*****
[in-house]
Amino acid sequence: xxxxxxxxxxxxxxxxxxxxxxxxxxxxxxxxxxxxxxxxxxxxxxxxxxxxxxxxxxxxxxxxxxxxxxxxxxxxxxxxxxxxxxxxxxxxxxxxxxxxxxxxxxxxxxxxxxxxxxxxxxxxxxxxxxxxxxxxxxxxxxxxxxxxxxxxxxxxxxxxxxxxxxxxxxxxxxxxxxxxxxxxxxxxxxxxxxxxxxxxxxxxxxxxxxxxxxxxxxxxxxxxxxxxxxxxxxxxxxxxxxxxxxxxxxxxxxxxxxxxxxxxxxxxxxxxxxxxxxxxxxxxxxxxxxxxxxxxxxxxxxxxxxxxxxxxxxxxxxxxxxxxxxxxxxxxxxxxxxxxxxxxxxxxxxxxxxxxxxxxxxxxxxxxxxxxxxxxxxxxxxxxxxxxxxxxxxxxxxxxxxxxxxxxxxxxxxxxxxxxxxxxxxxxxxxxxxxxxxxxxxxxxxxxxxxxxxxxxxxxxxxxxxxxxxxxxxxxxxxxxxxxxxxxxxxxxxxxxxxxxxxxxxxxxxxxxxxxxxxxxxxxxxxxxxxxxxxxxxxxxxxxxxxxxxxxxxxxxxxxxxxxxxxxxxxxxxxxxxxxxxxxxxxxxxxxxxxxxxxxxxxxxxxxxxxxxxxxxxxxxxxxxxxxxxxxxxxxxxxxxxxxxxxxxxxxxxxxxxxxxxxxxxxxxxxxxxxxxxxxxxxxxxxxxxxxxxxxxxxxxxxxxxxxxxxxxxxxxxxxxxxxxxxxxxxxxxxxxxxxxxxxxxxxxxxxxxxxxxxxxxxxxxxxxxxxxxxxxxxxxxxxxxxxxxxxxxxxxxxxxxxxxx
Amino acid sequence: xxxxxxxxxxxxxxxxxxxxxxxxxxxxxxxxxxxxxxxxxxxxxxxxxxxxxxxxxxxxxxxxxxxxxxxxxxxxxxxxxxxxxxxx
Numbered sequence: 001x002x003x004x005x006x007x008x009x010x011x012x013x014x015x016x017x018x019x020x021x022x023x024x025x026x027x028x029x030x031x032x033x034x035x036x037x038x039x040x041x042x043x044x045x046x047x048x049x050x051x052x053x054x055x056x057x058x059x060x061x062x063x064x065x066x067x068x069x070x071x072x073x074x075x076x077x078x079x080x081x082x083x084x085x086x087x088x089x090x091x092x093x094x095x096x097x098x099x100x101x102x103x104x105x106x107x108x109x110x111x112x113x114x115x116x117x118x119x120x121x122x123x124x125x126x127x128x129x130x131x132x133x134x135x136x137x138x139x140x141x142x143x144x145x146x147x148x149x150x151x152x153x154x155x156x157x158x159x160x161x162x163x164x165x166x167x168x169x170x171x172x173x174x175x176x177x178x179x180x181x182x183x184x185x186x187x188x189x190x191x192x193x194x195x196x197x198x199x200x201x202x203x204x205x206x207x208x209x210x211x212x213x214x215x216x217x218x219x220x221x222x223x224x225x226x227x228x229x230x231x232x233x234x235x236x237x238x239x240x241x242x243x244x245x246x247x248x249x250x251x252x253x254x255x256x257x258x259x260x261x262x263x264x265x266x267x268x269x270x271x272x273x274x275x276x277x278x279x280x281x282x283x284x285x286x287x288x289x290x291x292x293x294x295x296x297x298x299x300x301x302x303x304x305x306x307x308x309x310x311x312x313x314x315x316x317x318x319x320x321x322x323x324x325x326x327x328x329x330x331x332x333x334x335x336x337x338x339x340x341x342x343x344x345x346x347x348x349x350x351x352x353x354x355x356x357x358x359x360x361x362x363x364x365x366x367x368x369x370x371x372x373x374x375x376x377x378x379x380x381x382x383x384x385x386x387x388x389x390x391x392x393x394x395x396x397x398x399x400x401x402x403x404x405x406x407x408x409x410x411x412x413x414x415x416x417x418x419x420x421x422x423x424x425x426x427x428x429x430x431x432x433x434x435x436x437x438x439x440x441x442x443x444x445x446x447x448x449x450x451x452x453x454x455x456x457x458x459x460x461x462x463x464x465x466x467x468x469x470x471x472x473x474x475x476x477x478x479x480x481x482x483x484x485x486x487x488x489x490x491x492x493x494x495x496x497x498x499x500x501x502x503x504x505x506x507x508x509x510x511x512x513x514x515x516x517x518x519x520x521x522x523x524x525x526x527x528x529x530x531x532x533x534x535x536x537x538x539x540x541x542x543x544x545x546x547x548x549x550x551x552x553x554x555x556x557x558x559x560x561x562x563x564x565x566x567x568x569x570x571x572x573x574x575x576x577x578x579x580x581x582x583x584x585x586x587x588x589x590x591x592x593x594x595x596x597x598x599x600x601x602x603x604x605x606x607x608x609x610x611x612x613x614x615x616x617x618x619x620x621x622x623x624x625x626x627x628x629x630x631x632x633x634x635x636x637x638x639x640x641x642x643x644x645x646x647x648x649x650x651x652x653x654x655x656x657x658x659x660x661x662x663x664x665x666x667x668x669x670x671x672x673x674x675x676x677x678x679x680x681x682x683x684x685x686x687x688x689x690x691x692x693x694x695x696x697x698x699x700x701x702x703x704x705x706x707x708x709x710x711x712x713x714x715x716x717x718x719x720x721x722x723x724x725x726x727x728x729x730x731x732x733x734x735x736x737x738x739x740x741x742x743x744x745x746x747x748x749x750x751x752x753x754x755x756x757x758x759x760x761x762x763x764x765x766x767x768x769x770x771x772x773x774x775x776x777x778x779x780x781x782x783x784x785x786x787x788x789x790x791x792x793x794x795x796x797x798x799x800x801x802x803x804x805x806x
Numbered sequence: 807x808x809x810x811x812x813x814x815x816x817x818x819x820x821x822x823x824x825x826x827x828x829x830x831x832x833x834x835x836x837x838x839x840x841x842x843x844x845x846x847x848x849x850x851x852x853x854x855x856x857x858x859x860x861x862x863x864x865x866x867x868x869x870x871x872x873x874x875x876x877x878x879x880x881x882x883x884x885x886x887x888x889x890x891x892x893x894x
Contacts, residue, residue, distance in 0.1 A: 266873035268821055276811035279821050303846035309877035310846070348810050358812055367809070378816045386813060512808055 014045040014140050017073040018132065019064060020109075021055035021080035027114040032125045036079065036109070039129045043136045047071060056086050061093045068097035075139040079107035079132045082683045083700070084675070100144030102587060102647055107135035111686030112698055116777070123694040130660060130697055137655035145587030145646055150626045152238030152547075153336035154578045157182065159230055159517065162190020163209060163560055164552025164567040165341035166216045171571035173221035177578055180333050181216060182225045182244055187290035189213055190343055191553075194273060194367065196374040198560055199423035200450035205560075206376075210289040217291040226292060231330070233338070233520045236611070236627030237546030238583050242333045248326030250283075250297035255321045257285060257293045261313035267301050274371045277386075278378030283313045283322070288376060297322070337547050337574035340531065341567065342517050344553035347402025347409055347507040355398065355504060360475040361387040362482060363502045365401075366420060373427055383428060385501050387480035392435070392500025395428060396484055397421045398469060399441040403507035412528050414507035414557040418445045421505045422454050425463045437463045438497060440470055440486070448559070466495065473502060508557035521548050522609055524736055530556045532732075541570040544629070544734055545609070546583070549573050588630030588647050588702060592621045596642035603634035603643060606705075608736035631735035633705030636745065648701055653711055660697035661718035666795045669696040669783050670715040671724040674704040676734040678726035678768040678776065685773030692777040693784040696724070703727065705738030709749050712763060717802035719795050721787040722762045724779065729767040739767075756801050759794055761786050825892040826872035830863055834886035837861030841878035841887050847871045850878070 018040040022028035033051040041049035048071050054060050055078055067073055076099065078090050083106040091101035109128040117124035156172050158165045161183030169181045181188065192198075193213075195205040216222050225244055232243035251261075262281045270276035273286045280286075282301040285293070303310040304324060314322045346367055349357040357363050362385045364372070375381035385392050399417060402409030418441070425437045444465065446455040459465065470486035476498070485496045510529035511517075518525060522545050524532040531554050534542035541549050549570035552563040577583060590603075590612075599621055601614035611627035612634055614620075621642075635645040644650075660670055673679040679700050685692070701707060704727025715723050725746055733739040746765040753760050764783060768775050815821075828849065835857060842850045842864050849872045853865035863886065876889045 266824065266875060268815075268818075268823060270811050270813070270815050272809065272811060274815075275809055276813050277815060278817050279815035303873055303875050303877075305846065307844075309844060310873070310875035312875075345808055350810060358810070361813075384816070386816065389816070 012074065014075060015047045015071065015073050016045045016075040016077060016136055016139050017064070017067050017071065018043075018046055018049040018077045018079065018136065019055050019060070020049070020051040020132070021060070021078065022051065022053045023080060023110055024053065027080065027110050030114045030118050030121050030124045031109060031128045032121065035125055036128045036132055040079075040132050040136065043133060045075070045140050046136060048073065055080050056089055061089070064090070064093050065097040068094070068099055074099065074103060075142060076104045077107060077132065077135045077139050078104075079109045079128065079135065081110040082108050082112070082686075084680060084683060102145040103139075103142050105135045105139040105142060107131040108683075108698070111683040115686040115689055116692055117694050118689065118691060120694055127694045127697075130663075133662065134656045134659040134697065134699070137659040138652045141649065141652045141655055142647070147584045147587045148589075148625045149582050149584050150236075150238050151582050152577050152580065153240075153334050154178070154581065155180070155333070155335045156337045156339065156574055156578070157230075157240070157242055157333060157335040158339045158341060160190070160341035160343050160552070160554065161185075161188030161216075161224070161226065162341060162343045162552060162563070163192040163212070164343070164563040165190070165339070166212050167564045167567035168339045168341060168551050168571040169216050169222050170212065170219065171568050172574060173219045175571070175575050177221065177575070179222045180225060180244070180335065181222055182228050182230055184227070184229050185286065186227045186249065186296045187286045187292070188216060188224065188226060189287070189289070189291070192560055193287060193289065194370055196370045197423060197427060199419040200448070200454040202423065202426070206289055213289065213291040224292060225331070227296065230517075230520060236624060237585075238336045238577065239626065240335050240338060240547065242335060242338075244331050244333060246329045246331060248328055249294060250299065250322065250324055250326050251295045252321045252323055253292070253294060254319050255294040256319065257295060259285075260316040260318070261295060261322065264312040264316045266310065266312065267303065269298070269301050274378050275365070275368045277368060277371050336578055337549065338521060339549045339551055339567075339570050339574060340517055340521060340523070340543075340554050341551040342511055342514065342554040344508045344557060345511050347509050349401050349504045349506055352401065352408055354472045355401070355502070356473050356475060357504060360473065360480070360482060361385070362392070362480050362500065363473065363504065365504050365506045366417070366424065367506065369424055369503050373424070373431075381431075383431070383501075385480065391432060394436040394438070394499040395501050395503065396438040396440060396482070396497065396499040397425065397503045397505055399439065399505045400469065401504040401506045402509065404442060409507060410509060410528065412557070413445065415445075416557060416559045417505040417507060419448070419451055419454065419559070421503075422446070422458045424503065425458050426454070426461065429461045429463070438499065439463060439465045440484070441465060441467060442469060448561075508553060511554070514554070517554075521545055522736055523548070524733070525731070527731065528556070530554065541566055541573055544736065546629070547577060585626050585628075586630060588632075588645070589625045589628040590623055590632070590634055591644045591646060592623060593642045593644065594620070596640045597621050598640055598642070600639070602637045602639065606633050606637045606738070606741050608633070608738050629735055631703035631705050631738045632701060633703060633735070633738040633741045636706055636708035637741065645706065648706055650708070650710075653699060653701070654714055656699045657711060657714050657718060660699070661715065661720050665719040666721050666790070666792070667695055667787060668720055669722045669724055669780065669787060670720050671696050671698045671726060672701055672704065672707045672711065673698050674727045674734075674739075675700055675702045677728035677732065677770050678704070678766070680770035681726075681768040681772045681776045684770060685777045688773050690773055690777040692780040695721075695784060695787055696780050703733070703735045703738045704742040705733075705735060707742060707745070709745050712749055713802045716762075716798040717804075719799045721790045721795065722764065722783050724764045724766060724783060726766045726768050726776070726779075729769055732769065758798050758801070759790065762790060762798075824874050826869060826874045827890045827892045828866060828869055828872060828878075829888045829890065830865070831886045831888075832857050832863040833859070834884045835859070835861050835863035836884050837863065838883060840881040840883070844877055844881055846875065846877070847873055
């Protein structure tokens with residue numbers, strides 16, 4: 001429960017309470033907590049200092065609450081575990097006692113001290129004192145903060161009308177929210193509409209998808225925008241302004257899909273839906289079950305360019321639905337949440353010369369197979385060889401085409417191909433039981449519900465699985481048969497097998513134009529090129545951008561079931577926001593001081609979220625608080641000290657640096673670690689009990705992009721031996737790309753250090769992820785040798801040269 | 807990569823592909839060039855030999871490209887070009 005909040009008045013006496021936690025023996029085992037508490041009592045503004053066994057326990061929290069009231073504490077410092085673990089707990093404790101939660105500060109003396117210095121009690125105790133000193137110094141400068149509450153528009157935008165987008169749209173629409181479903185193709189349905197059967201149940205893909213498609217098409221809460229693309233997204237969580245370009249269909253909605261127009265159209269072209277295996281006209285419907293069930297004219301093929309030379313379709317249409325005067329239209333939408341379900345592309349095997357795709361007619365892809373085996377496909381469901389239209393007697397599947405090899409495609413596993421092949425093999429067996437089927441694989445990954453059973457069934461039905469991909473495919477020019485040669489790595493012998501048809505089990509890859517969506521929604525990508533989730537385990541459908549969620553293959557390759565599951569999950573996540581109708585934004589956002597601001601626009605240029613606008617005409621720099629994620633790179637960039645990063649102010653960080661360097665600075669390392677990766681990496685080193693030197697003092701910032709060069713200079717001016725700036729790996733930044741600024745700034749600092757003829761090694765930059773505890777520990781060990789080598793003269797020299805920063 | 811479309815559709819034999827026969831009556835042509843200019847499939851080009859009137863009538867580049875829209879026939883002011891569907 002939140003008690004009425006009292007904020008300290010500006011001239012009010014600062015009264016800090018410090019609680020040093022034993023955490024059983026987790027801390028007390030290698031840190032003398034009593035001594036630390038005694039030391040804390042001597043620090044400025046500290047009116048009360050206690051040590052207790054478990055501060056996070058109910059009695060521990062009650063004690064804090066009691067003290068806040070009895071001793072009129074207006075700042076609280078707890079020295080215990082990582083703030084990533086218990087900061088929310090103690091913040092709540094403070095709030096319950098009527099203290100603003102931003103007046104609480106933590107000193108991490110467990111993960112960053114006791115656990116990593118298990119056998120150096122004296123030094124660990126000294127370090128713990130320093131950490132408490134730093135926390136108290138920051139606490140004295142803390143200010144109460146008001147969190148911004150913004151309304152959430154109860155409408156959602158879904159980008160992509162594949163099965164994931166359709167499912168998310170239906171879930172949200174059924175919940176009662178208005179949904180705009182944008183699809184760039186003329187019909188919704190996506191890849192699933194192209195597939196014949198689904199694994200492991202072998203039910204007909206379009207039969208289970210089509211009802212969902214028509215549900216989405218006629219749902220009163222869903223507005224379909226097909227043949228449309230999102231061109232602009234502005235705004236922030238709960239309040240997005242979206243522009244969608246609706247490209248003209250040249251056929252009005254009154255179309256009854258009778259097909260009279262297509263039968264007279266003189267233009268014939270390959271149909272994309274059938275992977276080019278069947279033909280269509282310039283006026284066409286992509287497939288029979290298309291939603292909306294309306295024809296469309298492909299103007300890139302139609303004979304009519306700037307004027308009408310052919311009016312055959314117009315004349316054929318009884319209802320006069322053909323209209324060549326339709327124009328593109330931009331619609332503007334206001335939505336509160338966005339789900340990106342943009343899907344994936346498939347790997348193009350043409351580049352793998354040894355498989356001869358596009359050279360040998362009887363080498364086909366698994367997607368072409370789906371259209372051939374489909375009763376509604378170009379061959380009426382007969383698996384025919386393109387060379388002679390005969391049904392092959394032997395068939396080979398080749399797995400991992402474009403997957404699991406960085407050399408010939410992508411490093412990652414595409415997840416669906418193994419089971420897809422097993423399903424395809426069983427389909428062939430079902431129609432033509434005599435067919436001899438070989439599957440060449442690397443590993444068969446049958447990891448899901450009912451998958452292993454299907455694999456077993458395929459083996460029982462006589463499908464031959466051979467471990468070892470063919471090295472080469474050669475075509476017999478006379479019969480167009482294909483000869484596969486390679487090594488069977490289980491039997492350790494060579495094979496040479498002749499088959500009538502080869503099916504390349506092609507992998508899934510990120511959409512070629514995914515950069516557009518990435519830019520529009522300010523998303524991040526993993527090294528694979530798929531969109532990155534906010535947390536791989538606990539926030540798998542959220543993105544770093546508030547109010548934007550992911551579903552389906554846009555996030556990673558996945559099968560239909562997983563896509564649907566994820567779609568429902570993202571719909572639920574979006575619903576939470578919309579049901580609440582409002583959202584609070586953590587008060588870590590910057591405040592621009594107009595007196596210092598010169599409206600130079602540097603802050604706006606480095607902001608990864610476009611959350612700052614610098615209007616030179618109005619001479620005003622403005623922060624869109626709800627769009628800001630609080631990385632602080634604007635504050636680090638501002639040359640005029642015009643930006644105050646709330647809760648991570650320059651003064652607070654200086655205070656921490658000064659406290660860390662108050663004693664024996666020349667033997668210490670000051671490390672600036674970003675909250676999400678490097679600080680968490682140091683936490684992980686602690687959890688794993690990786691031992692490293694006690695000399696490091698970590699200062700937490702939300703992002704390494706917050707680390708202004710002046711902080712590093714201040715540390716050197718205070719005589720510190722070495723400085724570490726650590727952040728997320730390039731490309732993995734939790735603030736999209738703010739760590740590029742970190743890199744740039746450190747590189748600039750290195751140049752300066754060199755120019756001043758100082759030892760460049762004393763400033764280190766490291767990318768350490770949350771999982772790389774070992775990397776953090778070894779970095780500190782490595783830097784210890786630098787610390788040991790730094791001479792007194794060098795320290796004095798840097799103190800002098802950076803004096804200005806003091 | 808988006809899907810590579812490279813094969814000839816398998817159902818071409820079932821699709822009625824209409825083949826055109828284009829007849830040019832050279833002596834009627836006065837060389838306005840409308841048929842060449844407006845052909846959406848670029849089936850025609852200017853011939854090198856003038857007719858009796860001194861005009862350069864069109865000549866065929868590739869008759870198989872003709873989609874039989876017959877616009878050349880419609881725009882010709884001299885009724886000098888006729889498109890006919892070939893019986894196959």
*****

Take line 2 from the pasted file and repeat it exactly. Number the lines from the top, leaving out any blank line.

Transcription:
Amino acid sequence: xxxxxxxxxxxxxxxxxxxxxxxxxxxxxxxxxxxxxxxxxxxxxxxxxxxxxxxxxxxxxxxxxxxxxxxxxxxxxxxxxxxxxxxxxxxxxxxxxxxxxxxxxxxxxxxxxxxxxxxxxxxxxxxxxxxxxxxxxxxxxxxxxxxxxxxxxxxxxxxxxxxxxxxxxxxxxxxxxxxxxxxxxxxxxxxxxxxxxxxxxxxxxxxxxxxxxxxxxxxxxxxxxxxxxxxxxxxxxxxxxxxxxxxxxxxxxxxxxxxxxxxxxxxxxxxxxxxxxxxxxxxxxxxxxxxxxxxxxxxxxxxxxxxxxxxxxxxxxxxxxxxxxxxxxxxxxxxxxxxxxxxxxxxxxxxxxxxxxxxxxxxxxxxxxxxxxxxxxxxxxxxxxxxxxxxxxxxxxxxxxxxxxxxxxxxxxxxxxxxxxxxxxxxxxxxxxxxxxxxxxxxxxxxxxxxxxxxxxxxxxxxxxxxxxxxxxxxxxxxxxxxxxxxxxxxxxxxxxxxxxxxxxxxxxxxxxxxxxxxxxxxxxxxxxxxxxxxxxxxxxxxxxxxxxxxxxxxxxxxxxxxxxxxxxxxxxxxxxxxxxxxxxxxxxxxxxxxxxxxxxxxxxxxxxxxxxxxxxxxxxxxxxxxxxxxxxxxxxxxxxxxxxxxxxxxxxxxxxxxxxxxxxxxxxxxxxxxxxxxxxxxxxxxxxxxxxxxxxxxxxxxxxxxxxxxxxxxxxxxxxxxxxxxxxxxxxxxxxxxxxxxxxxxxxxxxxxxxxxxxxxxxxxxxxxxxxxxxxxxxxxxxxxxxxxxxxxxxxxxxxxxxxx